"B-but, my dear f-fellows," said Feodor Simeonovich, having diligently deciphered the handwriting. "This is B-Ben B-Beczalel's problem! Didn't C-Cagliostro prove ththat it had no s-solution?"
"We know that it has no solution, too," said Junta, bristling immediately. "But we wish to learn how to solve it"
"H-how strangely you r-reason, C-Cristo… H-how can you look for a solution, where it d-does not exist? It's s-some sort of n-nonsense.
"Excuse me, Feodor, but it's you who are reasoning strangely. It's nonsense to look for a solution if it already exists. We are talking about how to deal with a problem that has no solution. This is a question of profound principle, which, I can see, is not within your scope, since you are an applications type. Apparently I started this conversation with you for nothing."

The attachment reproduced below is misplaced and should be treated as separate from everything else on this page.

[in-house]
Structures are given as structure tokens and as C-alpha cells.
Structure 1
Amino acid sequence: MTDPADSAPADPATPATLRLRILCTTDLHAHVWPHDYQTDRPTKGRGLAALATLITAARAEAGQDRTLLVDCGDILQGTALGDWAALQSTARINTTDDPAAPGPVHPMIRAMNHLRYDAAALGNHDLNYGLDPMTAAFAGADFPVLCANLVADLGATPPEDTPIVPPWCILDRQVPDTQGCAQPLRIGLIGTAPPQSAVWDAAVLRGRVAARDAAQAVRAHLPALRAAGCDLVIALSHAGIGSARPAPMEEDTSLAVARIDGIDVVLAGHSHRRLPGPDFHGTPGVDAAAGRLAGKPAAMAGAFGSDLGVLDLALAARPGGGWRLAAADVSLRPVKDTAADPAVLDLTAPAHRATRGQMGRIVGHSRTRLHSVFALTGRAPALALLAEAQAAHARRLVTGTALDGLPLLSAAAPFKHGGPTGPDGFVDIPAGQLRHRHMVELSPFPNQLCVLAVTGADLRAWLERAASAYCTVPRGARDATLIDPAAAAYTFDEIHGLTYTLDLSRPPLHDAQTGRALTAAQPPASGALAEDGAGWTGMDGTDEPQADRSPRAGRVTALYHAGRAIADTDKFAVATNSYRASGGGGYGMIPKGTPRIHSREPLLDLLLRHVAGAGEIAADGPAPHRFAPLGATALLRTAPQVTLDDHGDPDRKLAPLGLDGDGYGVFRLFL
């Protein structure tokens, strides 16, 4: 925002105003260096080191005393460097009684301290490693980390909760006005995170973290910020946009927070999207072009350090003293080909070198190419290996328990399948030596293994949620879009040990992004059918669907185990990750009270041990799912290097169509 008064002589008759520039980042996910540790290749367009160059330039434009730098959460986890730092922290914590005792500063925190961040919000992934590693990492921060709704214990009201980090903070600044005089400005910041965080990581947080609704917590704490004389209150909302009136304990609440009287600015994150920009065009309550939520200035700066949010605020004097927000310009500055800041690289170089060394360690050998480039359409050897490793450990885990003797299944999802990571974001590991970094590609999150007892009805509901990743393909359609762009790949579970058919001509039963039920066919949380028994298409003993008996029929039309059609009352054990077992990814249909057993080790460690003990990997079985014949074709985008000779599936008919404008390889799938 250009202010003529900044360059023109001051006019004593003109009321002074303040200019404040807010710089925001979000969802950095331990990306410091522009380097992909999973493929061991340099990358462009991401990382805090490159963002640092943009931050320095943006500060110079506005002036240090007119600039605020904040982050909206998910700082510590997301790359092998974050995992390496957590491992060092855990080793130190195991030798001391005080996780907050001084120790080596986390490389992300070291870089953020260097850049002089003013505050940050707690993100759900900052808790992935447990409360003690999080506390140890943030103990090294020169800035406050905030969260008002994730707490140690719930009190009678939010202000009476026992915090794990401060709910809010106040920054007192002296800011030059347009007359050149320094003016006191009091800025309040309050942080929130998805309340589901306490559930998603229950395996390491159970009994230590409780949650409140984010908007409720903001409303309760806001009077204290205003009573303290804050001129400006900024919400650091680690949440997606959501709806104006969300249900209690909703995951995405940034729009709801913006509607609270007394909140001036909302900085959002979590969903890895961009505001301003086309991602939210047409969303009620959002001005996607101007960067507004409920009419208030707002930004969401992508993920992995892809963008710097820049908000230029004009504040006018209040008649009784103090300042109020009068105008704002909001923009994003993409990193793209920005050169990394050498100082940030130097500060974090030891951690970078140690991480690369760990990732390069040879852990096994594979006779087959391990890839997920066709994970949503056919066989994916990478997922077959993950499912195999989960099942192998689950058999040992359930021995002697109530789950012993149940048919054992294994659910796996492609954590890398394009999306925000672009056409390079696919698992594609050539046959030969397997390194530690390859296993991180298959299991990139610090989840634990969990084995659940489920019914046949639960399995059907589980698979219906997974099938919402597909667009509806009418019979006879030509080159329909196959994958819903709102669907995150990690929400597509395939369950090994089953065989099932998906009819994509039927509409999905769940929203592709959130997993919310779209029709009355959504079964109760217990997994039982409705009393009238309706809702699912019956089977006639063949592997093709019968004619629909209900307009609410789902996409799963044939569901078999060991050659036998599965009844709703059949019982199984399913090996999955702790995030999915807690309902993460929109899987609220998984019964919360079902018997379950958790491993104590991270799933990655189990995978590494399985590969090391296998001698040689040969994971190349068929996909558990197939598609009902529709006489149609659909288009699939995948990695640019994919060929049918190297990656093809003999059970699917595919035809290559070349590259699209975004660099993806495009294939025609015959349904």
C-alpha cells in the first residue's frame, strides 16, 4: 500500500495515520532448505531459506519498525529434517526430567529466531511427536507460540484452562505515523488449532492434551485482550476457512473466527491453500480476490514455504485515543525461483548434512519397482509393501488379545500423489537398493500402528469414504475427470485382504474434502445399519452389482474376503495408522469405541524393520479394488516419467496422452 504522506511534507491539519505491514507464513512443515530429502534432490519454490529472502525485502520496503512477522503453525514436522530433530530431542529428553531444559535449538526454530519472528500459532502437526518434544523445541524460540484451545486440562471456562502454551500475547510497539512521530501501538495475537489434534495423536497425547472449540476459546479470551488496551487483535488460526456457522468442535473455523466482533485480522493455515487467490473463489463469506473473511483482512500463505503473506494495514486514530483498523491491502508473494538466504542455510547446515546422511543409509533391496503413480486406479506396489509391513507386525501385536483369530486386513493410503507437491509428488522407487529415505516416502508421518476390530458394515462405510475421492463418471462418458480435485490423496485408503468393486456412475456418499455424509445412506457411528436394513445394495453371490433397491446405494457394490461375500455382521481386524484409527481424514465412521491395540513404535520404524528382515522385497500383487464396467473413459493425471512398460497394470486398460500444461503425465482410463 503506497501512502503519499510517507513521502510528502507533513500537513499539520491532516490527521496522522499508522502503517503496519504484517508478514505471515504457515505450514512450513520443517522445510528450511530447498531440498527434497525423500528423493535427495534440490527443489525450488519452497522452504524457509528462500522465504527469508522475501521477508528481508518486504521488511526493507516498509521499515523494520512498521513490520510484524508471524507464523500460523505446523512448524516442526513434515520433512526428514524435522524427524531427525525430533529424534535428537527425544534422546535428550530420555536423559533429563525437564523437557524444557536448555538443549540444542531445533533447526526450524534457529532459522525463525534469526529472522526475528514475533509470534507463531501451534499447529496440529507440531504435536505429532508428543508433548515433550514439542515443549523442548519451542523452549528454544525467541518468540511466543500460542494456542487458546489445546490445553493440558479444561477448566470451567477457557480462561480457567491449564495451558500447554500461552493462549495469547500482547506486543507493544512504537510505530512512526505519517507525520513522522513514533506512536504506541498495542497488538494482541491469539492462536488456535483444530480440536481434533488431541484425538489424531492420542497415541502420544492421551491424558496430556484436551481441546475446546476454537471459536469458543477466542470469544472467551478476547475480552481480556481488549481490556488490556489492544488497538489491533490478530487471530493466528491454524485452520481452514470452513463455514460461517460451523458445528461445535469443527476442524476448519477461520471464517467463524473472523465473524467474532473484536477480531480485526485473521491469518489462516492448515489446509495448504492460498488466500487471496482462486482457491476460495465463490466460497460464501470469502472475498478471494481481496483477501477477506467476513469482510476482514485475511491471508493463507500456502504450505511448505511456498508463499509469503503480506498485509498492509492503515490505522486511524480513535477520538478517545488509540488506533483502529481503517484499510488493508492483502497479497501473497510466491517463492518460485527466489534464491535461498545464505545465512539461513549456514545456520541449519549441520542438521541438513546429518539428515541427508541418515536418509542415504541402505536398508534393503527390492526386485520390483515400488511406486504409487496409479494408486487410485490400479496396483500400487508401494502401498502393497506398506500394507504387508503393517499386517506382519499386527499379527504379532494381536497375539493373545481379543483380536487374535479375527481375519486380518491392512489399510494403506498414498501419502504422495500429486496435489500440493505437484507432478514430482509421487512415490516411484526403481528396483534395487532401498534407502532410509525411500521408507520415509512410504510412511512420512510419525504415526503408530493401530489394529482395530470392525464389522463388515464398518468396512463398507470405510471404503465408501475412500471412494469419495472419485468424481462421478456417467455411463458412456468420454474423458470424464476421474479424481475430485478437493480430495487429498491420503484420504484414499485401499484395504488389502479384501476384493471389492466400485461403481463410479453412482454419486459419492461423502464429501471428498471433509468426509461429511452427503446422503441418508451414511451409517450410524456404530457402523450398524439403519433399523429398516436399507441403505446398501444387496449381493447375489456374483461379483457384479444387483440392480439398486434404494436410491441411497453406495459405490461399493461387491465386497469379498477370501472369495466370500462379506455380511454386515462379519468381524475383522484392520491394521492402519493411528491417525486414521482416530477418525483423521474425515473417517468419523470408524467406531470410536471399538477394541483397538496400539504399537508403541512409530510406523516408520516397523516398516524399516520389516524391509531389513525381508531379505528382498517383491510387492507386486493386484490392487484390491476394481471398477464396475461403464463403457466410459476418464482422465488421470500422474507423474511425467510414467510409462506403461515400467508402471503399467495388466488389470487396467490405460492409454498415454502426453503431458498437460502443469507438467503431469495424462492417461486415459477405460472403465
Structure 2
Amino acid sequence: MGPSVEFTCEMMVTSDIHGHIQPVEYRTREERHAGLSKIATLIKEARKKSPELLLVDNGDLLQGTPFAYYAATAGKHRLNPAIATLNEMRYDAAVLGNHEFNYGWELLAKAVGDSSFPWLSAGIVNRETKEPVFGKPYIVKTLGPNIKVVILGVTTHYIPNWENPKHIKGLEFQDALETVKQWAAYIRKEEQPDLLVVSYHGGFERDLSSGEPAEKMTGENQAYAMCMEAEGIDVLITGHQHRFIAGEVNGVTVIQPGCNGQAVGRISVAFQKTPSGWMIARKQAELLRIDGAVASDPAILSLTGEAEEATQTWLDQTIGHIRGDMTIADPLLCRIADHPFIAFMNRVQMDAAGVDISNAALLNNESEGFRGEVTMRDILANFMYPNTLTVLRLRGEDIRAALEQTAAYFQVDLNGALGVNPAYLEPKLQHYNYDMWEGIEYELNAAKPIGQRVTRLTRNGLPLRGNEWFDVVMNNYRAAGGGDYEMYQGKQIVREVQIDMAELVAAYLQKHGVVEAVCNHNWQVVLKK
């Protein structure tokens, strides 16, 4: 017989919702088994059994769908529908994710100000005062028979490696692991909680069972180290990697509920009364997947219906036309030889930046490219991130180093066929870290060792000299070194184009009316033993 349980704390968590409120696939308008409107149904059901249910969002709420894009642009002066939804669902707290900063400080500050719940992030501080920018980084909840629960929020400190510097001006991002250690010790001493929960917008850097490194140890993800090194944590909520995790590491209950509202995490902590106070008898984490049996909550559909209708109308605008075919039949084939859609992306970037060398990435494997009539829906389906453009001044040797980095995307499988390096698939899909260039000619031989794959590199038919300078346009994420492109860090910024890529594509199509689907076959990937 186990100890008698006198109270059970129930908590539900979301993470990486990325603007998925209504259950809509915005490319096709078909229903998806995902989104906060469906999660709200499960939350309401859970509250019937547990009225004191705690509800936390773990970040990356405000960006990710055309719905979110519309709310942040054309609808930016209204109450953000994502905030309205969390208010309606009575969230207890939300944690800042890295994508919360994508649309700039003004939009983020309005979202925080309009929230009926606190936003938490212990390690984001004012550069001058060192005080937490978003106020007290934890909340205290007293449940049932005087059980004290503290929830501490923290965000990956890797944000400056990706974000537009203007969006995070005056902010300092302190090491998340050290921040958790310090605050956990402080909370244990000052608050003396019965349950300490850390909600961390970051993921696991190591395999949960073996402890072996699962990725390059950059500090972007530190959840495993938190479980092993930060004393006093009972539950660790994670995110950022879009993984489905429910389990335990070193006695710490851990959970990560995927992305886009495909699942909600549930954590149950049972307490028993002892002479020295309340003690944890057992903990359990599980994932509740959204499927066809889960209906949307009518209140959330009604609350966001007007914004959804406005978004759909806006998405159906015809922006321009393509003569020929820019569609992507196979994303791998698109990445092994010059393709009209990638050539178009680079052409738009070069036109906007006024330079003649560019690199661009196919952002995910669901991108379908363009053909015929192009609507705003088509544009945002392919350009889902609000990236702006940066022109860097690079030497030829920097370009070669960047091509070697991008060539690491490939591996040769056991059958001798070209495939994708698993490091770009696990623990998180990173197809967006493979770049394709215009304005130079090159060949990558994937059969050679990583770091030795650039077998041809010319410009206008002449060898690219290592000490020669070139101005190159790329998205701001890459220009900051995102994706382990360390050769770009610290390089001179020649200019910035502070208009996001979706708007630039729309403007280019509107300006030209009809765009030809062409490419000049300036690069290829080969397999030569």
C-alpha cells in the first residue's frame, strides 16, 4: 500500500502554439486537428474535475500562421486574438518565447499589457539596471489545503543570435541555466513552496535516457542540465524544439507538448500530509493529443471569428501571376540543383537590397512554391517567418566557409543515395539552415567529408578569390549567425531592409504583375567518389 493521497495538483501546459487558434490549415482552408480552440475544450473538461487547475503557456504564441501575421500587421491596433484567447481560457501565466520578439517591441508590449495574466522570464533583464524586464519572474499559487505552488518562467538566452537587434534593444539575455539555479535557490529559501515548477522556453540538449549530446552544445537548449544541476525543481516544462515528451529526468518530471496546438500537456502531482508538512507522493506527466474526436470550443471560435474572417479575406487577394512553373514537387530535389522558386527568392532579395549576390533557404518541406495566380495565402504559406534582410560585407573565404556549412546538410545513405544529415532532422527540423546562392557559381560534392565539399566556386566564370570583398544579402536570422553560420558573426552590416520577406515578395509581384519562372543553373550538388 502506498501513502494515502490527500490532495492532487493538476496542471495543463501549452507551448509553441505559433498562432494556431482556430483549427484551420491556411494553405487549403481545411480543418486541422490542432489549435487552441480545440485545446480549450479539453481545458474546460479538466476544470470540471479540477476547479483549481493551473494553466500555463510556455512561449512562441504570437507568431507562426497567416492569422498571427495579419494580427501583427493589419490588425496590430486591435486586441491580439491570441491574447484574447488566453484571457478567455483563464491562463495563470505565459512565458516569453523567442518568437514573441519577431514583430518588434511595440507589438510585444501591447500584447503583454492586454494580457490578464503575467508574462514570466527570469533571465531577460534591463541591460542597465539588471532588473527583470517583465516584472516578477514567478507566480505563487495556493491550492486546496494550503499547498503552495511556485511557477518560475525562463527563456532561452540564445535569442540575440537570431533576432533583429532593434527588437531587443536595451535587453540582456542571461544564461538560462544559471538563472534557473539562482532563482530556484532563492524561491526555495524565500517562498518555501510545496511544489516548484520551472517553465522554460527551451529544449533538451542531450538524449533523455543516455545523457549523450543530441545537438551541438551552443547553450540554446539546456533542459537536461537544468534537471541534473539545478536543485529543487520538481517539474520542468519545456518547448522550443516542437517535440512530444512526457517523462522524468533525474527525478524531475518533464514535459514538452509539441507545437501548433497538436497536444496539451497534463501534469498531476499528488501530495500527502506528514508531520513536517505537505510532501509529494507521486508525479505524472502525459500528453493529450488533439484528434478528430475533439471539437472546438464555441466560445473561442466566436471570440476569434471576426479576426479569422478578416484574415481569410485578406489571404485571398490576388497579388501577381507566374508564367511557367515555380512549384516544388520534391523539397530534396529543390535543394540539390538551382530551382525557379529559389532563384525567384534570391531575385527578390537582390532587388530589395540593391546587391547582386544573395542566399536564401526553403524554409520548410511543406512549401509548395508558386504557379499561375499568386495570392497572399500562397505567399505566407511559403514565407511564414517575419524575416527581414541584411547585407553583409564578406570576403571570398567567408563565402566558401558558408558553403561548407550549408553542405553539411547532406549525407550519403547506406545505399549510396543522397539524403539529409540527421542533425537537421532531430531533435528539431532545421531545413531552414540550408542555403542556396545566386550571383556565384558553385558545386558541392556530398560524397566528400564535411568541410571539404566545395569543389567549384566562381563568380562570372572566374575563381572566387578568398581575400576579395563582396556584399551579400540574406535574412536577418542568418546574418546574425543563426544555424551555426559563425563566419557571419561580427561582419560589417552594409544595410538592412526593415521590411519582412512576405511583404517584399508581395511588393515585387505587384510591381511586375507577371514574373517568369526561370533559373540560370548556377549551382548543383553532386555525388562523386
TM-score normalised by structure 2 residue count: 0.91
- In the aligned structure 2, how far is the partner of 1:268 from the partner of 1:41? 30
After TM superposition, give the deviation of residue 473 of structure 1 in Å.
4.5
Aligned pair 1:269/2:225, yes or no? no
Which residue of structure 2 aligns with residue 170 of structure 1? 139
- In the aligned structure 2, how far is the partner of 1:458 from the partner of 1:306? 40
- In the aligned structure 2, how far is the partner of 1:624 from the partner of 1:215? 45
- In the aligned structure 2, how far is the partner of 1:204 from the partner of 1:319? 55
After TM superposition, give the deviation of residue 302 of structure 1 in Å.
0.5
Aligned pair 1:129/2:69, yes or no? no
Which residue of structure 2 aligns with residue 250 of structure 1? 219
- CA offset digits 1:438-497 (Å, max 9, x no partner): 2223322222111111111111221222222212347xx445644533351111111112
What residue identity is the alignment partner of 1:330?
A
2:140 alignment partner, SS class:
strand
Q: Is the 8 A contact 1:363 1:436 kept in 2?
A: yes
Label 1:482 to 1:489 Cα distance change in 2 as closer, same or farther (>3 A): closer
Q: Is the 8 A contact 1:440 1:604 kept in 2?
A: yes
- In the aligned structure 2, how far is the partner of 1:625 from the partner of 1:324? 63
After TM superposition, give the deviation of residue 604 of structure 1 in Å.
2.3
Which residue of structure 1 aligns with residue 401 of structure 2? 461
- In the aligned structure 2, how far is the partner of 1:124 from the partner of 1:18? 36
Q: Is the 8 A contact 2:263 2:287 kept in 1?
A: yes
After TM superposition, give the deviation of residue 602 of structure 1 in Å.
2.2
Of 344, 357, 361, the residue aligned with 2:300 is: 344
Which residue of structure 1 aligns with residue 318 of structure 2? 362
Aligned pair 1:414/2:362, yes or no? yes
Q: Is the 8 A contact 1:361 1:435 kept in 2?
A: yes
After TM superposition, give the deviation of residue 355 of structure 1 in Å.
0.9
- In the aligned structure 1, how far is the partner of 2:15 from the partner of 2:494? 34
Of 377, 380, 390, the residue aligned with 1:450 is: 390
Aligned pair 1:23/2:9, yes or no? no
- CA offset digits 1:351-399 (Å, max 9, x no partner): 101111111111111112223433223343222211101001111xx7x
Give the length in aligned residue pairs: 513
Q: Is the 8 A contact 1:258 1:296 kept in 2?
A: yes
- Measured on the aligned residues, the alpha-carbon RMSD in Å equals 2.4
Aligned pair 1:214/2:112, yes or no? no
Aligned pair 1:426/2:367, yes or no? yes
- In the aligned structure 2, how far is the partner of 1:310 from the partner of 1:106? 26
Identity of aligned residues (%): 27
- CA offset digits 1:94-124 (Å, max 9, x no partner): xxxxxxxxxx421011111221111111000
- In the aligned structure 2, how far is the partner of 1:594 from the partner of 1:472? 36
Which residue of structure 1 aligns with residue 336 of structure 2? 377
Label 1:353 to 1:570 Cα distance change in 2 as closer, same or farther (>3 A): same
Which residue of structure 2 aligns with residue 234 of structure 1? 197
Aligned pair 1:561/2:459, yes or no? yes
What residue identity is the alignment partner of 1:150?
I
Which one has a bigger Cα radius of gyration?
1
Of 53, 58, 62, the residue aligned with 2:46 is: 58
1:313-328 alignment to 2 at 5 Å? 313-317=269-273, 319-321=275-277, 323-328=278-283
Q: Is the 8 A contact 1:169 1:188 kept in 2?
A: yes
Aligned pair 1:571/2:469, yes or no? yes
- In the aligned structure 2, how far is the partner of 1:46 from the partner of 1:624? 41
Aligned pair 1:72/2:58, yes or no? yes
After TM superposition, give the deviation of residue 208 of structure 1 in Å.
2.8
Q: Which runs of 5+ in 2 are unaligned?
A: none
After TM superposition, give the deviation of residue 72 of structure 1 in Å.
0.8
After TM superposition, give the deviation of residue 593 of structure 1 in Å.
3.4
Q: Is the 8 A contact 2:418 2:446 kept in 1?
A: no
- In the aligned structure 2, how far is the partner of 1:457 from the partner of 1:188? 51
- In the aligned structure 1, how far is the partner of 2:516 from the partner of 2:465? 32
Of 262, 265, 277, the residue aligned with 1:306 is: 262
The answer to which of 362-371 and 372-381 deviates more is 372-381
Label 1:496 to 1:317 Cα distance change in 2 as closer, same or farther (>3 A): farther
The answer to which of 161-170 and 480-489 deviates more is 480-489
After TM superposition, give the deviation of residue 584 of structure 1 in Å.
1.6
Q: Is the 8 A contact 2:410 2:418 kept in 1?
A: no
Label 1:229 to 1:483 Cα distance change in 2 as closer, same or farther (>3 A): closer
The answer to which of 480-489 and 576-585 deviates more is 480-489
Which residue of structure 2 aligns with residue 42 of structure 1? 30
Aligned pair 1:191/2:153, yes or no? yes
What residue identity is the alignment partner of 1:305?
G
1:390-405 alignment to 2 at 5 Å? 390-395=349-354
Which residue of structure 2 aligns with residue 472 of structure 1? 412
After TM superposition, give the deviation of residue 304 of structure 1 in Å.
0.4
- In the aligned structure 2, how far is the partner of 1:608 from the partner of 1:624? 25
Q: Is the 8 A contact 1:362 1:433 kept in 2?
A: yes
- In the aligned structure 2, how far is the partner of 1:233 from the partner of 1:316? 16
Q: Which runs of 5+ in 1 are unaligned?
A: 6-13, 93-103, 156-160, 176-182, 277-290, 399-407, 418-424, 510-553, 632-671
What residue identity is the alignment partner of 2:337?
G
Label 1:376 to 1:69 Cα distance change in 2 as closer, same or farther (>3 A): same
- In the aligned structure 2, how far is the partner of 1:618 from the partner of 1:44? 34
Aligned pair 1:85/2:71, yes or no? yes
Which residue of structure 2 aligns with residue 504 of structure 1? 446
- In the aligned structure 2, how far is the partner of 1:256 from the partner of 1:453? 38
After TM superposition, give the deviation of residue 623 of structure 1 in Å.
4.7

Problems that do not have solution — that’s cool, of course. However, sometimes you want to solve something in solution of which nobody doubts. For example, to present an integer in the form of ratio of square and cube of some integers. But why does this problem always have a solution?… Ok, you will see :)
The only line contains an integer n (1 ≤ n ≤ 109).
In the first line output an integer m. In the second — an integer k. m2 should be equal to k3·n; 1 ≤ m, k ≤ 10100.
Problem Author: Den Raskovalov
Problem Source: The 10th Collegiate Programming Contest of the High School Pupils of the Sverdlovsk Region (October 16, 2004)